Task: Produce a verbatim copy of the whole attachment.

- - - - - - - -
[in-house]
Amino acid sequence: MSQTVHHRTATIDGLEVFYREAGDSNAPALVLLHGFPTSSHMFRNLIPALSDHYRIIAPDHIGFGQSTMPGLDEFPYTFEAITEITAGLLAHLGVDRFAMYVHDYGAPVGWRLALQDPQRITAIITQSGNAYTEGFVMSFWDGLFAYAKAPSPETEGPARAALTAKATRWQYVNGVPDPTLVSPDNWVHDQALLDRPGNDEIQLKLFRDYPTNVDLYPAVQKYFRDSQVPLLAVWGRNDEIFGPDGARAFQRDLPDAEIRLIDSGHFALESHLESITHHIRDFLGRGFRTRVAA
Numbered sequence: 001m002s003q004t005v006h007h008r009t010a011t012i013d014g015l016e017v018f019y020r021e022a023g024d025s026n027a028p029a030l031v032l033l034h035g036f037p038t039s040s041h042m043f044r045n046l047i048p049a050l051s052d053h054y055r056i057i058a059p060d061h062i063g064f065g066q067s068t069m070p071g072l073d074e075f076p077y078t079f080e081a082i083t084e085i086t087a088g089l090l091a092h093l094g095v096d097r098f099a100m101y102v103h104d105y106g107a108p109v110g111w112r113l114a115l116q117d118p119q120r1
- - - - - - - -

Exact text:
[in-house]
Amino acid sequence: MSQTVHHRTATIDGLEVFYREAGDSNAPALVLLHGFPTSSHMFRNLIPALSDHYRIIAPDHIGFGQSTMPGLDEFPYTFEAITEITAGLLAHLGVDRFAMYVHDYGAPVGWRLALQDPQRITAIITQSGNAYTEGFVMSFWDGLFAYAKAPSPETEGPARAALTAKATRWQYVNGVPDPTLVSPDNWVHDQALLDRPGNDEIQLKLFRDYPTNVDLYPAVQKYFRDSQVPLLAVWGRNDEIFGPDGARAFQRDLPDAEIRLIDSGHFALESHLESITHHIRDFLGRGFRTRVAA
Numbered sequence: 001m002s003q004t005v006h007h008r009t010a011t012i013d014g015l016e017v018f019y020r021e022a023g024d025s026n027a028p029a030l031v032l033l034h035g036f037p038t039s040s041h042m043f044r045n046l047i048p049a050l051s052d053h054y055r056i057i058a059p060d061h062i063g064f065g066q067s068t069m070p071g072l073d074e075f076p077y078t079f080e081a082i083t084e085i086t087a088g089l090l091a092h093l094g095v096d097r098f099a100m101y102v103h104d105y106g107a108p109v110g111w112r113l114a115l116q117d118p119q120r1